US5751942 *May 9, 1996May 12, 1998Intel CorporationTrace event detection during trace enable transitions
US6681321 *Apr 20, 2000Jan 20, 2004International Business Machines CorporationMethod system and apparatus for instruction execution tracing with out of order processors
US7043668 *Jun 29, 2001May 9, 2006Mips Technologies, Inc.Optimized external trace formats
US7093236 *Feb 1, 2001Aug 15, 2006Arm LimitedTracing out-of-order data
US20040250164 *May 22, 2003Dec 9, 2004Infineon Technologies North America Corp.Configurable real-time trace port for embedded processors
US20060271919 *May 27, 2005Nov 30, 2006Moyer William CTranslation information retrieval
Referenced by
Citing PatentFiling datePublication dateApplicantTitle
US8713375May 13, 2011Apr 29, 2014Arm LimitedCorrelating trace data streams
US8874975 *Oct 13, 2011Oct 28, 2014Arm LimitedTracing of a data processing apparatus
US9058421 *Jun 16, 2009Jun 16, 2015Freescale Semiconductor, Inc.Trace correlation for profiling subroutines
US20100318972 *Jun 16, 2009Dec 16, 2010Freescale Semiconductor, Inc.Trace Correlation for Profiling Subroutines
US20110197182 *Aug 11, 2011Peter LachnerDebugging parallel software using speculatively executed code sequences in a multiple core environment
US20120185734 *Oct 13, 2011Jul 19, 2012Arm LimitedTracing of a data processing apparatus
Classifications
U.S. Classification717/128
International ClassificationG06F9/44
Cooperative ClassificationG06F11/3636
European ClassificationG06F11/36B5
Legal Events
DateCodeEventDescription
Mar 31, 2008ASAssignment
Owner name: FREESCALE SEMICONDUCTOR, INC., TEXAS
Free format text: ASSIGNMENT OF ASSIGNORS INTEREST;ASSIGNORS:XU, ZHENG;BHASKARAN, SURAJ;BRUCE, KLAS M.;AND OTHERS;REEL/FRAME:020726/0521;SIGNING DATES FROM 20080319 TO 20080324
Owner name: FREESCALE SEMICONDUCTOR, INC., TEXAS
Free format text: ASSIGNMENT OF ASSIGNORS INTEREST;ASSIGNORS:XU, ZHENG;BHASKARAN, SURAJ;BRUCE, KLAS M.;AND OTHERS;SIGNING DATES FROM 20080319 TO 20080324;REEL/FRAME:020726/0521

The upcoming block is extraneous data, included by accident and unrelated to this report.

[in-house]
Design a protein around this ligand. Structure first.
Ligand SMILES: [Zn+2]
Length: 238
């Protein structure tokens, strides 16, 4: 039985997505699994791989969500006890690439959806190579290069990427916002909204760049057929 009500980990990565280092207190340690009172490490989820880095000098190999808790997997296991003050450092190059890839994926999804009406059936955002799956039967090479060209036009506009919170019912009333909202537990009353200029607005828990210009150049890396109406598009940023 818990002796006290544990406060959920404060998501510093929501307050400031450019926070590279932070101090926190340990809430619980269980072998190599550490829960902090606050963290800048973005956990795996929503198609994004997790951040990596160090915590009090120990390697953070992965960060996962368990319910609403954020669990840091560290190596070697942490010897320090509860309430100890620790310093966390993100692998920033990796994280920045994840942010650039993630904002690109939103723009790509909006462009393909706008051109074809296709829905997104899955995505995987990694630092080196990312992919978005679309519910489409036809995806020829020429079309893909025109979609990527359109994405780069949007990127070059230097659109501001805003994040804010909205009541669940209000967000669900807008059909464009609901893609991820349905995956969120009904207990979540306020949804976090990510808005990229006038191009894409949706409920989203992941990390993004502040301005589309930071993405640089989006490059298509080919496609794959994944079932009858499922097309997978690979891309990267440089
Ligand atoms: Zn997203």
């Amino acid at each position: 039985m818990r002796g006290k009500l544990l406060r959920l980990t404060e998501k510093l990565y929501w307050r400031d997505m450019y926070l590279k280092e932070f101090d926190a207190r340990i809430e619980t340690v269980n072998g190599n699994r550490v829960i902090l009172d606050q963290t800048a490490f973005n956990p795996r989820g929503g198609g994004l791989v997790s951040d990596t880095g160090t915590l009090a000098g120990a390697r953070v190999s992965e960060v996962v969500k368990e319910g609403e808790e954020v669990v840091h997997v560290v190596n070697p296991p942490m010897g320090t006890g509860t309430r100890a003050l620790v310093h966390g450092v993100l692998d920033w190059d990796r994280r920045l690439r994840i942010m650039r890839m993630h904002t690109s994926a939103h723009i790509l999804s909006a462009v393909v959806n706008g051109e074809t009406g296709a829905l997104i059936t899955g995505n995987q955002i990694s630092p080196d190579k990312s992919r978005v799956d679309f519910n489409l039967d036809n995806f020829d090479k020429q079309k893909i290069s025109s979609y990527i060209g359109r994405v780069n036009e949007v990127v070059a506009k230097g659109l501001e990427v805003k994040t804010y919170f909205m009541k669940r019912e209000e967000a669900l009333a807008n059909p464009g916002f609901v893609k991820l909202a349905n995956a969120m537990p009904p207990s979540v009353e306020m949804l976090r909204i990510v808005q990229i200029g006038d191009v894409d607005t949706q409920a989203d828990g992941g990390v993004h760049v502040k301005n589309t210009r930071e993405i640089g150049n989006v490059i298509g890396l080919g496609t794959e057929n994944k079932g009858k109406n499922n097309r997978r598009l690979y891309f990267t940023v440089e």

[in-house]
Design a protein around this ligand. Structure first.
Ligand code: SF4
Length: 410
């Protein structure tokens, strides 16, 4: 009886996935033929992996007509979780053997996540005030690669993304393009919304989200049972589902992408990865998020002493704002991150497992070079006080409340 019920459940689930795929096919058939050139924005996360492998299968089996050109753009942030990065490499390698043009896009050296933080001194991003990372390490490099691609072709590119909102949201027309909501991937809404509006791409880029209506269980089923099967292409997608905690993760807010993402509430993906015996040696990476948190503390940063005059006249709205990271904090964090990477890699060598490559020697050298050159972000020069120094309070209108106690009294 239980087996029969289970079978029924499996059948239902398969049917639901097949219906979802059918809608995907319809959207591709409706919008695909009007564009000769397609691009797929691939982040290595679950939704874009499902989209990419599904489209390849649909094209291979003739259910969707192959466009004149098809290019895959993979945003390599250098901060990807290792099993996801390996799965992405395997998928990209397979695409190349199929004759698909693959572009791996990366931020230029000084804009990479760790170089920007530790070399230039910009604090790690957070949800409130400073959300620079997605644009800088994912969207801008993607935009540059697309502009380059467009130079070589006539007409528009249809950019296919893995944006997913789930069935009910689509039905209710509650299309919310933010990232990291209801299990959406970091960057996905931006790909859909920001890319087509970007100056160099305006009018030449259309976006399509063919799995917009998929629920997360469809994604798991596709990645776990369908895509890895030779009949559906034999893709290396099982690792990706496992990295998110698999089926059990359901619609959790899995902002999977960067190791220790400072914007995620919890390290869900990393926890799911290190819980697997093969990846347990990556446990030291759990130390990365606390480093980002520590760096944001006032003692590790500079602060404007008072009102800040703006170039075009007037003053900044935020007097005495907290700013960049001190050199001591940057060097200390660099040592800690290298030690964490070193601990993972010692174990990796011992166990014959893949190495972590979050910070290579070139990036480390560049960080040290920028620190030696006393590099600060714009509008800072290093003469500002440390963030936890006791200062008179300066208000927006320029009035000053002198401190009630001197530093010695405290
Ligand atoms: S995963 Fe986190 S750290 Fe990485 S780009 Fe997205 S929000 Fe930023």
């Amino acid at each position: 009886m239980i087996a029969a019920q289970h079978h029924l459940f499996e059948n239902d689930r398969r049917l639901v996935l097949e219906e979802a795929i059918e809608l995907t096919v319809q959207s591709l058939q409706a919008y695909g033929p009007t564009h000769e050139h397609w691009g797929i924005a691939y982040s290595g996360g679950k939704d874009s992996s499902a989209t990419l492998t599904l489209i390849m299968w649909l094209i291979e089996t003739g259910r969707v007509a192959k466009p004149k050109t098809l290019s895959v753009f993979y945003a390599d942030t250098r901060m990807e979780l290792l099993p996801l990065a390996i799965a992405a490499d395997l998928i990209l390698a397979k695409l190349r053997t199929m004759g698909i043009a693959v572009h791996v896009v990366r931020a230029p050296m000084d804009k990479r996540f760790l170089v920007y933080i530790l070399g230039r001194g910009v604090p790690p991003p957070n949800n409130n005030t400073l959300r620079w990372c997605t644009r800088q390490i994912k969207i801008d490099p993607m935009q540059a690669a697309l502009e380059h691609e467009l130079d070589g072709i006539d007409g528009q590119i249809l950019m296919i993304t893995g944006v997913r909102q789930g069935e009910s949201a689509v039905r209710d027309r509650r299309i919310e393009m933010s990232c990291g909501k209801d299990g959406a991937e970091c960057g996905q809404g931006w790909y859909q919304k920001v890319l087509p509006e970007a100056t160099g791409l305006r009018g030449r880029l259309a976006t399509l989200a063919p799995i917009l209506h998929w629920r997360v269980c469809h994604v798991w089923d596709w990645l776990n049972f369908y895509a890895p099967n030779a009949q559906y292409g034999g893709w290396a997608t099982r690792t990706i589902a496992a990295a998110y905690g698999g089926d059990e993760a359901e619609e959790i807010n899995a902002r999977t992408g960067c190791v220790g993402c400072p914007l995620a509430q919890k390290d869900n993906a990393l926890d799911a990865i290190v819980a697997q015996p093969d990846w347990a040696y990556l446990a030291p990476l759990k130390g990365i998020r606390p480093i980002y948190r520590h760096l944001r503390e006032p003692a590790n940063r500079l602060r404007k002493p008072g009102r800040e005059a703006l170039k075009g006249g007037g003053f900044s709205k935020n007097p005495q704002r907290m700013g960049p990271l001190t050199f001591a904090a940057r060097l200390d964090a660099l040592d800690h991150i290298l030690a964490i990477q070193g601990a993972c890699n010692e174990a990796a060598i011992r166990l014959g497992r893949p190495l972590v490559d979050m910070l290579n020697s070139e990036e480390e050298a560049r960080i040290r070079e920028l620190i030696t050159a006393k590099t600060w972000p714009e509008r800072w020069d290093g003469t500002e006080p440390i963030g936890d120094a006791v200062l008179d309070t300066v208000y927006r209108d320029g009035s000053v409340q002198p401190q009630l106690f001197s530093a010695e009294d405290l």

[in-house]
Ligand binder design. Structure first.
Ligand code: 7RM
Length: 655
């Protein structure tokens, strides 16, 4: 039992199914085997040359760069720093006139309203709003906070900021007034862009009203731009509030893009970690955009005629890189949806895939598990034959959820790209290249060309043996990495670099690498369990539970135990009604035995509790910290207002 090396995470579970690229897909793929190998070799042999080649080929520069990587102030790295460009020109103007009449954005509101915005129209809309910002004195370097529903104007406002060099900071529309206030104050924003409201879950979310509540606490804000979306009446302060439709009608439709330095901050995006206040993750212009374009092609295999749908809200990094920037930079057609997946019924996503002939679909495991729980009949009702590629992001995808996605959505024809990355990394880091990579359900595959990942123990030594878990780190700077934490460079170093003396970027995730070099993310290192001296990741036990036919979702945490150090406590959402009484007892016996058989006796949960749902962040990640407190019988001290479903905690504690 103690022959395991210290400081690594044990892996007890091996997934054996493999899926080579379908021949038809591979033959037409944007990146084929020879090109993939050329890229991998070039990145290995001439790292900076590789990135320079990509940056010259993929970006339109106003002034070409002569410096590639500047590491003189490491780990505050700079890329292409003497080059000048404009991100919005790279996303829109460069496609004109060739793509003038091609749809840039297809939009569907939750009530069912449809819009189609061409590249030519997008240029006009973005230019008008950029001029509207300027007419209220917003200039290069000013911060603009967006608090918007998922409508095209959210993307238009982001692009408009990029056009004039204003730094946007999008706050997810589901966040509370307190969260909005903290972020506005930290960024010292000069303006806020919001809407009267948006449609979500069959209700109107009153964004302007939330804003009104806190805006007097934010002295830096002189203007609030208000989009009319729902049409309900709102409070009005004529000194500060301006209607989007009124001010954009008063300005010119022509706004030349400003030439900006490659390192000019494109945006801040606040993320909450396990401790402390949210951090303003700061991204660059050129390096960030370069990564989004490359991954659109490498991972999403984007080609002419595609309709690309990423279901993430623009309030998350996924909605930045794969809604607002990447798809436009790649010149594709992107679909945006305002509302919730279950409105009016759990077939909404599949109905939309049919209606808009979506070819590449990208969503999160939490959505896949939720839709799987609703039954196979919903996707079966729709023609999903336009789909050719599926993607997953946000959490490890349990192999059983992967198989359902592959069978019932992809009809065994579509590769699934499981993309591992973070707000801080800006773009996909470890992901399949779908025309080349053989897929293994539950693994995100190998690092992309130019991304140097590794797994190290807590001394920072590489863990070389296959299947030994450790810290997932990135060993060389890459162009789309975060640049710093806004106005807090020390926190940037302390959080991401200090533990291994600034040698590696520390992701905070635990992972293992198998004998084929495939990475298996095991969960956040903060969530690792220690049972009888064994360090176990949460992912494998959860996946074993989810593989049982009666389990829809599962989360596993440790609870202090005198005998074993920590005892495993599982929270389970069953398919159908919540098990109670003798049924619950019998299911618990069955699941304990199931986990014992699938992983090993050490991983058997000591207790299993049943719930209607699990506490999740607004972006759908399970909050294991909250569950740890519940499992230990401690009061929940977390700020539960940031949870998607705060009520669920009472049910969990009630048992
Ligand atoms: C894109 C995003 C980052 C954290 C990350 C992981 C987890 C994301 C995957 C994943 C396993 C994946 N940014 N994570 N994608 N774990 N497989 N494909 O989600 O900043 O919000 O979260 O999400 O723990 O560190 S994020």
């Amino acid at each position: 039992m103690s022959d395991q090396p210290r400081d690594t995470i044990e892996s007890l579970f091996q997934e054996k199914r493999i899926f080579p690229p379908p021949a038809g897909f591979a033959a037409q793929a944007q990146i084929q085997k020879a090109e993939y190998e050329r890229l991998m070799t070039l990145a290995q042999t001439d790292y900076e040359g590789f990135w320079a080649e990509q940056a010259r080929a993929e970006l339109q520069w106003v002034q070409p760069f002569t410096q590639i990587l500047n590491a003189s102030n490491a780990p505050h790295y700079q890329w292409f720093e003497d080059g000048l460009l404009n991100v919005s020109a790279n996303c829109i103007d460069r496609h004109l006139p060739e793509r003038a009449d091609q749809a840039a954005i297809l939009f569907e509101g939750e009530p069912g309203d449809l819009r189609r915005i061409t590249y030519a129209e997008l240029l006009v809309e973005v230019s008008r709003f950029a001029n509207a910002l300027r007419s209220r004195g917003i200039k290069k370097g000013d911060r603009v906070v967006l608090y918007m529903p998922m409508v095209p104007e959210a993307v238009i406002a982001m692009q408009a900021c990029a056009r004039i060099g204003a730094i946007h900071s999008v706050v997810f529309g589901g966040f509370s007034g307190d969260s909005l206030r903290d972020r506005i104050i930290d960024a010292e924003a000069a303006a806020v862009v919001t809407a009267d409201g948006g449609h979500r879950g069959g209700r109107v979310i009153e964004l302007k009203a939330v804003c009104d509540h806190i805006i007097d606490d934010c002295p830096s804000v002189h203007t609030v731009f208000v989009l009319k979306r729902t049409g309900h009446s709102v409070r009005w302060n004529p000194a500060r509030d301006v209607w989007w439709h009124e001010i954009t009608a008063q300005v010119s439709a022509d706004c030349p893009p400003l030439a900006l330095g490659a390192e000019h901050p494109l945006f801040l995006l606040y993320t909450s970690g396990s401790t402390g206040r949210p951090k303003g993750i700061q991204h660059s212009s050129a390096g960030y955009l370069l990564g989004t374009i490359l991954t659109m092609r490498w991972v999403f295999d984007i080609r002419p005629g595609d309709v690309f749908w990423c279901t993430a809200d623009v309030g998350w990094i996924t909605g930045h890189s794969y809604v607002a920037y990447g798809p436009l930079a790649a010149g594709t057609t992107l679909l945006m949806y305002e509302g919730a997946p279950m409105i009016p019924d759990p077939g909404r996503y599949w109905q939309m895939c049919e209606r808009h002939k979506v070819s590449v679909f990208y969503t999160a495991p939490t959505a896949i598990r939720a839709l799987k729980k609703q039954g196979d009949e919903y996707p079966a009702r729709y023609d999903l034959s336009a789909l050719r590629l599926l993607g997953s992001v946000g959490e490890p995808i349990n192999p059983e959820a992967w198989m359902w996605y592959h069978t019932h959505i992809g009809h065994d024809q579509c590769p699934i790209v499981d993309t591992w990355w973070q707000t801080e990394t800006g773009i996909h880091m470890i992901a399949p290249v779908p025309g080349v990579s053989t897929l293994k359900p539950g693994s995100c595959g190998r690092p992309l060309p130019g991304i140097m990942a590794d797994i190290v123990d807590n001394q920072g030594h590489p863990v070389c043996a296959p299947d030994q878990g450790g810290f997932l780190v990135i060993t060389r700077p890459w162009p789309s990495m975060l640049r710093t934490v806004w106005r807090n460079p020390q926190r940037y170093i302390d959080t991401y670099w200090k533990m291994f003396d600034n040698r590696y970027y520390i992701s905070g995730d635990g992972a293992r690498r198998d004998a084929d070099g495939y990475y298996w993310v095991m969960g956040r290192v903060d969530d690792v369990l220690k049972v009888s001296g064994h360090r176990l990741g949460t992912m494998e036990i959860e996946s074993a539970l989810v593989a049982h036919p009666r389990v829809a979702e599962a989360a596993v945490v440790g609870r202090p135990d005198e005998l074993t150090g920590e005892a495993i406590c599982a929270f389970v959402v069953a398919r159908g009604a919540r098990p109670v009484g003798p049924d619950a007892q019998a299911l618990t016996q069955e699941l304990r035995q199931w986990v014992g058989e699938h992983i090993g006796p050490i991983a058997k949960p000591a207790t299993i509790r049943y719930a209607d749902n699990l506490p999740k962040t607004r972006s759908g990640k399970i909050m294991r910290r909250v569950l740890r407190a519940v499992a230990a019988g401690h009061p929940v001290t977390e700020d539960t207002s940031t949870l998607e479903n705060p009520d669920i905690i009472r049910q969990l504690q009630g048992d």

Jul 7, 2008ASAssignment
Owner name: CITIBANK, N.A.,NEW YORK
Free format text: SECURITY AGREEMENT;ASSIGNOR:FREESCALE SEMICONDUCTOR, INC.;REEL/FRAME:021194/0593
Effective date: 20080425
Mar 15, 2010ASAssignment
Owner name: CITIBANK, N.A.,NEW YORK
Free format text: SECURITY AGREEMENT;ASSIGNOR:FREESCALE SEMICONDUCTOR, INC.;REEL/FRAME:024085/0001
Effective date: 20100219
Owner name: CITIBANK, N.A., NEW YORK
Free format text: SECURITY AGREEMENT;ASSIGNOR:FREESCALE SEMICONDUCTOR, INC.;REEL/FRAME:024085/0001
Effective date: 20100219
May 13, 2010ASAssignment
Owner name: CITIBANK, N.A., AS COLLATERAL AGENT,NEW YORK
Free format text: SECURITY AGREEMENT;ASSIGNOR:FREESCALE SEMICONDUCTOR, INC.;REEL/FRAME:024397/0001
Effective date: 20100413
Owner name: CITIBANK, N.A., AS COLLATERAL AGENT, NEW YORK
Free format text: SECURITY AGREEMENT;ASSIGNOR:FREESCALE SEMICONDUCTOR, INC.;REEL/FRAME:024397/0001
Effective date: 20100413
Jun 18, 2013ASAssignment
Owner name: CITIBANK, N.A., AS NOTES COLLATERAL AGENT, NEW YOR
Free format text: SECURITY AGREEMENT;ASSIGNOR:FREESCALE SEMICONDUCTOR, INC.;REEL/FRAME:030633/0424
Effective date: 20130521
Nov 6, 2013ASAssignment
Owner name: CITIBANK, N.A., AS NOTES COLLATERAL AGENT, NEW YOR
Free format text: SECURITY AGREEMENT;ASSIGNOR:FREESCALE SEMICONDUCTOR, INC.;REEL/FRAME:031591/0266
Effective date: 20131101
Aug 21, 2015FPAYFee payment
Year of fee payment: 4
Dec 21, 2015ASAssignment
Owner name: FREESCALE SEMICONDUCTOR, INC., TEXAS
Free format text: PATENT RELEASE;ASSIGNOR:CITIBANK, N.A., AS COLLATERAL AGENT;REEL/FRAME:037354/0688
Effective date: 20151207
Owner name: FREESCALE SEMICONDUCTOR, INC., TEXAS
Free format text: PATENT RELEASE;ASSIGNOR:CITIBANK, N.A., AS COLLATERAL AGENT;REEL/FRAME:037356/0553
Effective date: 20151207
Owner name: FREESCALE SEMICONDUCTOR, INC., TEXAS
Free format text: PATENT RELEASE;ASSIGNOR:CITIBANK, N.A., AS COLLATERAL AGENT;REEL/FRAME:037356/0143
Effective date: 20151207
Jan 12, 2016ASAssignment
Owner name: MORGAN STANLEY SENIOR FUNDING, INC., MARYLAND
Free format text: ASSIGNMENT AND ASSUMPTION OF SECURITY INTEREST IN PATENTS;ASSIGNOR:CITIBANK, N.A.;REEL/FRAME:037486/0517
Effective date: 20151207
Jan 13, 2016ASAssignment
Owner name: MORGAN STANLEY SENIOR FUNDING, INC., MARYLAND
Free format text: ASSIGNMENT AND ASSUMPTION OF SECURITY INTEREST IN PATENTS;ASSIGNOR:CITIBANK, N.A.;REEL/FRAME:037518/0292
Effective date: 20151207